Bufano and Mulleian
Bufano would pay many visits to Mulleian's studio. In one instance, Bufano posed his right hand with the missing trigger finger (which he had severed himself and sent to President Wilson in protest of the First World War) for a drawing by Mulleian. On another occasion Bufano visited the artist to see Mulleian's latest painting, a six foot by four foot work entitled "Forsaken Paradise". In high admiration of the painting, Bufano would bring many of his friends to view this and other Mulleian works displayed there, often drawing his guest's attention to various aspects of rendering, technique and detail.
On another occasion, after climbing up a wall-mounted ladder and stepping onto the broad entrance to Mulleian's overhead loft, gesturing to the precipitous drop behind him, Bufano remarked: "Be careful not to step back too far while studying your current painting on it's easel!", as in fear that Mulleian would fall out of his studio.
On yet another occasion, author Leonard Ray Frank, Leo Hills, (owner of the Continental Gallery in San Francisco, which featured the works of the two artists) and Mulleian, were to show up at Bufano's studio on Minna Street at seven A.M. to help Bufano move one of his latest sculptures, titled "St. Francis of Assisi", to Muir Woods. Bufano had called Leo the night before instructing him to bring a pipe to be used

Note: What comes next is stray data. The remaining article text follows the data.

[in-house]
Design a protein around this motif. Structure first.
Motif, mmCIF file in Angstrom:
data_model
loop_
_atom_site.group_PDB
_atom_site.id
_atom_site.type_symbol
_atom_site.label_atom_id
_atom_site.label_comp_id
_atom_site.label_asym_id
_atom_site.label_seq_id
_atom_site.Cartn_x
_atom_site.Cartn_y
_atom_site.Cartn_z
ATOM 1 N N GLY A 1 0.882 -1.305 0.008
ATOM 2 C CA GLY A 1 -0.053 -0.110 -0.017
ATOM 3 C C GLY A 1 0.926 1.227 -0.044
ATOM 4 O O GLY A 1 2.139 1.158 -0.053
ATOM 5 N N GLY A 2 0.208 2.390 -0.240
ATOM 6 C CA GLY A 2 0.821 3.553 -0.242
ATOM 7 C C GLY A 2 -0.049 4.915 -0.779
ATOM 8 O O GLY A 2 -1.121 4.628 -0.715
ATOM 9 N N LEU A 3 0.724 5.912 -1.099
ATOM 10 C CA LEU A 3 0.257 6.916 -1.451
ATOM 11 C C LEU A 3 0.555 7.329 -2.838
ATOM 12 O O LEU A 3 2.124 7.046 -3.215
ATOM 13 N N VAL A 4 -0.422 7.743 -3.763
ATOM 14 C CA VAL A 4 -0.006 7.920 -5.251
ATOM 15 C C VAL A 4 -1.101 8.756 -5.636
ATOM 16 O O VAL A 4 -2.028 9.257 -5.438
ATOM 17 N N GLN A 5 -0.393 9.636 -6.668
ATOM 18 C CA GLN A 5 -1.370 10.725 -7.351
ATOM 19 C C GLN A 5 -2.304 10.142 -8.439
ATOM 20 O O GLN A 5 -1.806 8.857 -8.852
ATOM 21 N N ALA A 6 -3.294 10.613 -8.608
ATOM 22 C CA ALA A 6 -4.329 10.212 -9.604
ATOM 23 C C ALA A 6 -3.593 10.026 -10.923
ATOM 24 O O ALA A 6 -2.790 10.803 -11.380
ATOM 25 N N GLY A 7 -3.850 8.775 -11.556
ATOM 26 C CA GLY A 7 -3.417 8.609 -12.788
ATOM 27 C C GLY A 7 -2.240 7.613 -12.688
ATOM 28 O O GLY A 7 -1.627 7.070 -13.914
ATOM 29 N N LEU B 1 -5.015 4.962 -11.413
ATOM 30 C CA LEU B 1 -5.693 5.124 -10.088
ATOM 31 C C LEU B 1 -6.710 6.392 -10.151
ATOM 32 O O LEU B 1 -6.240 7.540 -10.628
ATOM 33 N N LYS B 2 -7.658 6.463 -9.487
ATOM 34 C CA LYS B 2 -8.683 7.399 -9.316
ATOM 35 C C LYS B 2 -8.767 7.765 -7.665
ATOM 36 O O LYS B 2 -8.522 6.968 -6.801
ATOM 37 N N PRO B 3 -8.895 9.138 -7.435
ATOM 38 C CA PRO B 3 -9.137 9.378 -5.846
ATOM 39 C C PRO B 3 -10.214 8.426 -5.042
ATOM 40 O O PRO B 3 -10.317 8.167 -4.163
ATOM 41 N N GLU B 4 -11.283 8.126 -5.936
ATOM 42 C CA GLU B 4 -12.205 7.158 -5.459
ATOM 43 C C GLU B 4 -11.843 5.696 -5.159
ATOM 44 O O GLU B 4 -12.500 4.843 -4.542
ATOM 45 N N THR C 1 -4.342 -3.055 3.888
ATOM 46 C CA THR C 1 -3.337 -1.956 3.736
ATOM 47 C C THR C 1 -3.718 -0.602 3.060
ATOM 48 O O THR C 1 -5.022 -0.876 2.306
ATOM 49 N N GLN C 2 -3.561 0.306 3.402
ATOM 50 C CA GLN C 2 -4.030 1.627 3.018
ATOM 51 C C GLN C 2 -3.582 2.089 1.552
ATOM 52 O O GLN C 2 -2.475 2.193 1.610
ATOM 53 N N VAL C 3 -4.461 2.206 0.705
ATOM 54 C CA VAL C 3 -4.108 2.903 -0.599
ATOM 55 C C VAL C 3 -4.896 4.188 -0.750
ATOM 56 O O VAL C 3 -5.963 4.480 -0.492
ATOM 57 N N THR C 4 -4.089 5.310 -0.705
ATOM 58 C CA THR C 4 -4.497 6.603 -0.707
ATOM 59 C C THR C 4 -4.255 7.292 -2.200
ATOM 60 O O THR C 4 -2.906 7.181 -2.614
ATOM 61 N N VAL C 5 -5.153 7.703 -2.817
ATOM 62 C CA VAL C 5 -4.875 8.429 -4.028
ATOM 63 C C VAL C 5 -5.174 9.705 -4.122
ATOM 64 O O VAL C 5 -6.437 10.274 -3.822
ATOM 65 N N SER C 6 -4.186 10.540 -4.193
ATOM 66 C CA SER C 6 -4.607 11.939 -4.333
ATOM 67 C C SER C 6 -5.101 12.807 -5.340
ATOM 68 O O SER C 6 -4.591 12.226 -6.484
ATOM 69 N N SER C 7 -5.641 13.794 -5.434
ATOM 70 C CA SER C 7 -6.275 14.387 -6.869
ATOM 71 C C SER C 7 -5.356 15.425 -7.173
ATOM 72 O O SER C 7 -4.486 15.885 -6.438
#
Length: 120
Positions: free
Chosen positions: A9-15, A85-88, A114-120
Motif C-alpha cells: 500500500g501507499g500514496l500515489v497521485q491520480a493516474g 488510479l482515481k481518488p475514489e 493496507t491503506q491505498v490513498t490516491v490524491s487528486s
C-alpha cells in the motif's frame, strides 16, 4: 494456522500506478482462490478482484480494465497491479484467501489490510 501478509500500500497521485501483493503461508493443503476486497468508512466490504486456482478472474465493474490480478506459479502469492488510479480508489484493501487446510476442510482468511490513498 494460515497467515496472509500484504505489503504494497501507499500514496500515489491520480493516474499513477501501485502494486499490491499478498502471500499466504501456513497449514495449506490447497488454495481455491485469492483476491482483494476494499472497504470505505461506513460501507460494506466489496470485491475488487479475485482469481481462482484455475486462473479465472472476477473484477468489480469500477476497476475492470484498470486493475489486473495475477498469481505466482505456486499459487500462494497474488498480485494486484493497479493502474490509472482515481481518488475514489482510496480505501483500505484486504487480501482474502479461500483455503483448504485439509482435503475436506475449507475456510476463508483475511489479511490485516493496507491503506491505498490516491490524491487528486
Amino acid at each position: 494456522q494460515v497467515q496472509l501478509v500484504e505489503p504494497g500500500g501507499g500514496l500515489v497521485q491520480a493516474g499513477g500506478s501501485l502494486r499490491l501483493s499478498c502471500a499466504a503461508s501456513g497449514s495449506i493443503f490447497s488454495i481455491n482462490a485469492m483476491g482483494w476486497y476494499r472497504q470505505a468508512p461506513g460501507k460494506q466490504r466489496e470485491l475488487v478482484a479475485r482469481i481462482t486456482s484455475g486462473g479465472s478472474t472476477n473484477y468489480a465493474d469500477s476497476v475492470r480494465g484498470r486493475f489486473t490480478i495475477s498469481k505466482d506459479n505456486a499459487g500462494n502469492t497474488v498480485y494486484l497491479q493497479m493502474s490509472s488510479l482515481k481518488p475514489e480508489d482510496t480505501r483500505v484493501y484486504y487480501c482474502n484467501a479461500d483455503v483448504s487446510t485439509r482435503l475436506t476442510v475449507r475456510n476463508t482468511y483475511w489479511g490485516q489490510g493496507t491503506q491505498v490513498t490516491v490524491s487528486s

as a lever in aiding the moving of this three-ton sculpture. A large
truck was already there waiting when we arrived. Bufano was quietly
pacing back and forth in anxious anticipation under the studio's large wooden rafters, highlighted by dusted light beams from the old French skylight far above. When Bufano suddenly stops in front of Leo Hills and asks: "Did you bring the pipe?" Leo then reaches into his inner suit pocket and meticulously pulls out a small eight inch pipe, which Bufano, with
all of his four feet, seven inches of Roman wrath, grabs and vigorously throws
clear across his studio with all the fury of a thunderbolt, and in his heavily Italian-accented antics, asks: "How can I move a three ton statue with that!" After the dust settles and Bufano regains his composure, we all start out with Bufano's St. Francis tied down to a flatbed truck, headed toward its final destination, Muir Woods.
Optimism was Bufano's natural impulse. Negativity was not in his vocabulary. Exasperation was an unnatural byproduct of momentary circumstance, as ephemeral and spontaneous as a thunderstorm in summer, and enduring just as long. Bufano's legacy is forever timeless, his quest for world peace forever transcendent, and the relevance of his vision of world peace greater now than ever.